- Claims must not omit or hide important information
Knowing what isn’t said can also influence consumer decisions. ESG claims by businesses must include all relevant information so consumers can make informed decisions. In Canada, Keurig led consumers to believe that they could recycle their plastic coffee pods. However, what they failed to mention was that the process to recycle the pods was so specialised, only two recycling plants in Canada could process them. Keurig was fined $3m and had to change the claims on the packaging.
- Only make fair and meaningful comparisons
ESG claims stating something is better than an alternative should be based on up-to-date, clear, and objective information. In 2020, Ryanair claimed that it was the lowest emissions airline. The claim was found to be practically made- up, and the ad campaign was subsequently banned by the Advertising Standards Authority (ASA).
- Claims must be substantiated
As ESG claims should be objective and factual, businesses must have evidence that support the claims being made. In 2020, Quorn Foods claimed that their new ‘Thai Wonder Grains’ lunch would help reduce their carbon footprint. When reviewing the claim, the ASA noted that since the product was new, it was impossible to determine whether it could reduce the carbon footprint. As a result, the ad was banned for being misleading.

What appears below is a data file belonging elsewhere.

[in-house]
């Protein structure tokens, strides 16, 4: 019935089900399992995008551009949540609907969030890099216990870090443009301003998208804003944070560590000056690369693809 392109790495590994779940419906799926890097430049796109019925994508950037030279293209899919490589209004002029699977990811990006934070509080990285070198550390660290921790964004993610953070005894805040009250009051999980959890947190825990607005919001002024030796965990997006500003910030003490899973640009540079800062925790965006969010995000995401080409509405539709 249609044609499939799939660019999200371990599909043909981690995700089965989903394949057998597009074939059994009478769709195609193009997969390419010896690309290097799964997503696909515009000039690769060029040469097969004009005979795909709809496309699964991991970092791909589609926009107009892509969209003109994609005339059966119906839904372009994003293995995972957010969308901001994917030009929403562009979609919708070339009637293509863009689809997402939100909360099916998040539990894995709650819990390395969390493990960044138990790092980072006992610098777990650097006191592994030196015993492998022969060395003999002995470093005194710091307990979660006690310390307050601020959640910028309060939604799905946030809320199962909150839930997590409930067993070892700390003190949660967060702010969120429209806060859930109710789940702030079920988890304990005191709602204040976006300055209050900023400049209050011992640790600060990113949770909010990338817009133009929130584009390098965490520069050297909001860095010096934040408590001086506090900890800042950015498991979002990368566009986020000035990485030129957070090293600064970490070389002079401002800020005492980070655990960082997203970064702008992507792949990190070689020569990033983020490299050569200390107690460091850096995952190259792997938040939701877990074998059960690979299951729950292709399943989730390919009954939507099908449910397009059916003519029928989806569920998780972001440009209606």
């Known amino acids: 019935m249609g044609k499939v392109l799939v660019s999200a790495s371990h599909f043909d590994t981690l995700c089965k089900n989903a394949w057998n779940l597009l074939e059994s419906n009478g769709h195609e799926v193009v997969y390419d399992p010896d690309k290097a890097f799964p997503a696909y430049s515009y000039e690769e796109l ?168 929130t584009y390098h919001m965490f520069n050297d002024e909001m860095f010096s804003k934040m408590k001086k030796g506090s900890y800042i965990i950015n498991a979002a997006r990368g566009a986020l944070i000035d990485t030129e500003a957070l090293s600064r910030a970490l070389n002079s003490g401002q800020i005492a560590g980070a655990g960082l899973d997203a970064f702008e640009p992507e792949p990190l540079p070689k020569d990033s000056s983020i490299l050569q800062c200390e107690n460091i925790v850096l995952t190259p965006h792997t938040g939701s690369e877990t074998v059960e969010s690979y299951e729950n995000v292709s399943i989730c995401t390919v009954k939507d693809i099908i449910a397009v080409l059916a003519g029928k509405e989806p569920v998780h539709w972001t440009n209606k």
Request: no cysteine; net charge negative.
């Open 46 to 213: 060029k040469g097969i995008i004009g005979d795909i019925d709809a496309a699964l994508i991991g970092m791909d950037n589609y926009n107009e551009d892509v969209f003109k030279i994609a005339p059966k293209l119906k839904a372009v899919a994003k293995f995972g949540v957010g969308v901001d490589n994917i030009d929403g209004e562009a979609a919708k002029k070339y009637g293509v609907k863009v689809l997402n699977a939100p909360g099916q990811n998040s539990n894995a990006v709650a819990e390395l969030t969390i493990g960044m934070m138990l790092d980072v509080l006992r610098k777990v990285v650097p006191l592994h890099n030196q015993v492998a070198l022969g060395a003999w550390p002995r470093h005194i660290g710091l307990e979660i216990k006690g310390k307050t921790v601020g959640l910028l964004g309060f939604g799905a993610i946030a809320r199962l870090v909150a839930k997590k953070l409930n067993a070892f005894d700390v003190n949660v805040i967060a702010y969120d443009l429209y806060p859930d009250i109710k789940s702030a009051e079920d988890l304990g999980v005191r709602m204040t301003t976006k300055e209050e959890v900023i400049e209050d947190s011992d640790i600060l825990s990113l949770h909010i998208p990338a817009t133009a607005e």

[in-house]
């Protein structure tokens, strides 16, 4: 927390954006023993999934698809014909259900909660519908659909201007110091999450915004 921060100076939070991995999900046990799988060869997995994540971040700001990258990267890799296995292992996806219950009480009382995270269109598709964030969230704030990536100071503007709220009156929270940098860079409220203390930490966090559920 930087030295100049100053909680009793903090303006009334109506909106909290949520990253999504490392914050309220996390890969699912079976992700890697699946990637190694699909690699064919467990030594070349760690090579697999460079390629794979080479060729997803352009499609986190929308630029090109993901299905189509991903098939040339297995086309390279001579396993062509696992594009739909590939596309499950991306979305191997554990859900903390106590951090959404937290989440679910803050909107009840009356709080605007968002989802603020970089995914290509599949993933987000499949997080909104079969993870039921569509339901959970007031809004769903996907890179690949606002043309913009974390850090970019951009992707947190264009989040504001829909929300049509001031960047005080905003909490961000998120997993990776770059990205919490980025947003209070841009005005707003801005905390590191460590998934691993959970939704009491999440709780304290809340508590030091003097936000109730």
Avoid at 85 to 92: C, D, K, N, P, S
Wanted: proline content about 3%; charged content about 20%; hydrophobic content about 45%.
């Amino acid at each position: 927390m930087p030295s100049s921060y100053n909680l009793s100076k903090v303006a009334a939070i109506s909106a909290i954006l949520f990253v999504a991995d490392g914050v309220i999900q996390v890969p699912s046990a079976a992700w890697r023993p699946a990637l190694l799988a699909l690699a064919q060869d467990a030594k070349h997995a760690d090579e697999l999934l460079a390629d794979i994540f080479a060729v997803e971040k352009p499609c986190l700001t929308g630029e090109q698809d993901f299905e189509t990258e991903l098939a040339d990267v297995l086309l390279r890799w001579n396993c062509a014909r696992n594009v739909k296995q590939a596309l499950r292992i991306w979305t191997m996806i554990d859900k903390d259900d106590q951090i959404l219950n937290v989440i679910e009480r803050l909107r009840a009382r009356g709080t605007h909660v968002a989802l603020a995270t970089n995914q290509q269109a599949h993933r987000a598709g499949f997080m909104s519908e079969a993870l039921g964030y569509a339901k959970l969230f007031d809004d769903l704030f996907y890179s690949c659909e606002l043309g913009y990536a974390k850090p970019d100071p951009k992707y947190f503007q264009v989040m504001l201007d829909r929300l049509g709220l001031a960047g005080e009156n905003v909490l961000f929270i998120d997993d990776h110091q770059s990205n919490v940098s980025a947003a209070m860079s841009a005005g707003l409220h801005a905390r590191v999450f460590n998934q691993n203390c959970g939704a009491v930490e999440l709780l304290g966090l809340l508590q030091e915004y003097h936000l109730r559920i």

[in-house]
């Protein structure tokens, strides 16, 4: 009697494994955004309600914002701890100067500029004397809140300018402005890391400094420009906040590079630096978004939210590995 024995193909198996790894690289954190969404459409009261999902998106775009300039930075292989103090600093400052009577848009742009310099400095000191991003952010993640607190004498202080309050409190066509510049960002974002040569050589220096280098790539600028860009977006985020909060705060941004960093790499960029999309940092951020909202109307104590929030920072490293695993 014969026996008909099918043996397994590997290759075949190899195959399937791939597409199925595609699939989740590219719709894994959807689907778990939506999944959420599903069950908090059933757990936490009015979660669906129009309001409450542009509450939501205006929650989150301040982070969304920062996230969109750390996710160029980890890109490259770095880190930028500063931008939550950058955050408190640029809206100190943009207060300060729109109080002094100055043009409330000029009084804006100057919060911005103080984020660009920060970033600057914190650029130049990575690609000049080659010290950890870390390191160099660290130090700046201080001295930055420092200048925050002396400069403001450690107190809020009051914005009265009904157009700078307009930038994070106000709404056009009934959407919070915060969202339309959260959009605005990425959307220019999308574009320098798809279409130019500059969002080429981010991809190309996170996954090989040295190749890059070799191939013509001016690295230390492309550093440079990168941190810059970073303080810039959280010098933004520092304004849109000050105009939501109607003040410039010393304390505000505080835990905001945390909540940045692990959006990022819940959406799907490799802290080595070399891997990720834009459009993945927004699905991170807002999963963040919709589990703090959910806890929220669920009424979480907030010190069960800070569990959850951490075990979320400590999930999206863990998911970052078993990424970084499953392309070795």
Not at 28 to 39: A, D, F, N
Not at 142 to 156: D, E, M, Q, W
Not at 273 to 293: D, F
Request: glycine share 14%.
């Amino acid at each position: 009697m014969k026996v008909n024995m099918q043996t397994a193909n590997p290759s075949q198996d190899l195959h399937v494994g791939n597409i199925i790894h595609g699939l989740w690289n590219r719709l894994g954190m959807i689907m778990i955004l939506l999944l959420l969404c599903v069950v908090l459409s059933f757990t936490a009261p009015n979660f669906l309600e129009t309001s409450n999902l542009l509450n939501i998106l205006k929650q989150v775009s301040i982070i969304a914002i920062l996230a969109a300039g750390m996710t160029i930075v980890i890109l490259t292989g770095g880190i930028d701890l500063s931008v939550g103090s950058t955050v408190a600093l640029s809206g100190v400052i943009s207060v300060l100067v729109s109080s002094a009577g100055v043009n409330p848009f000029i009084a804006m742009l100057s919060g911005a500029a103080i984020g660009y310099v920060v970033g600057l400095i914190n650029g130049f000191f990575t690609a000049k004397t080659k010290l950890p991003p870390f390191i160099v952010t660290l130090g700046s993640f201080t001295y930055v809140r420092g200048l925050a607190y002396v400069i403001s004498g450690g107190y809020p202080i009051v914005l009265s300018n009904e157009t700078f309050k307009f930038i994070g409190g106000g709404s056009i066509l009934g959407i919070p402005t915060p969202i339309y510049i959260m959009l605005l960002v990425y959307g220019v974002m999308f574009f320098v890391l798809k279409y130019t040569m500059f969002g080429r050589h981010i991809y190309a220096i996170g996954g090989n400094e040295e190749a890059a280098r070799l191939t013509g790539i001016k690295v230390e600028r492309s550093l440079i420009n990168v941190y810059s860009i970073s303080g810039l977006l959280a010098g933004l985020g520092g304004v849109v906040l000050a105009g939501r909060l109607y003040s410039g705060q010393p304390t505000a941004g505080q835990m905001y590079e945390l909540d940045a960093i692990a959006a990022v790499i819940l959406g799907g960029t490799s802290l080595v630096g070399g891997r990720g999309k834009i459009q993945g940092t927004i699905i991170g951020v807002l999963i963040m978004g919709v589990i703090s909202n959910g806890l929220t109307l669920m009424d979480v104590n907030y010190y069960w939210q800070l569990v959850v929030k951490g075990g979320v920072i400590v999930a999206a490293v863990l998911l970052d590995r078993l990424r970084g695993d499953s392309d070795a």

- Claims must consider the full life cycle of the product or service
To ensure ESG claims are accurate, business must ensure the whole lifecycle of the product is considered – not simply one component or part of a process. In 2021, a lawsuit was filed against Hefty Bags for their claim that its bags are designed specifically to handle recyclables. On inspection, it was found that the bags themselves were not recyclable. Therefore, while they could be used to hold recyclables, they still ended up in landfill, which led the claim to be identified as misleading.
Embed the UN Sustainable Development Goals into your business strategy.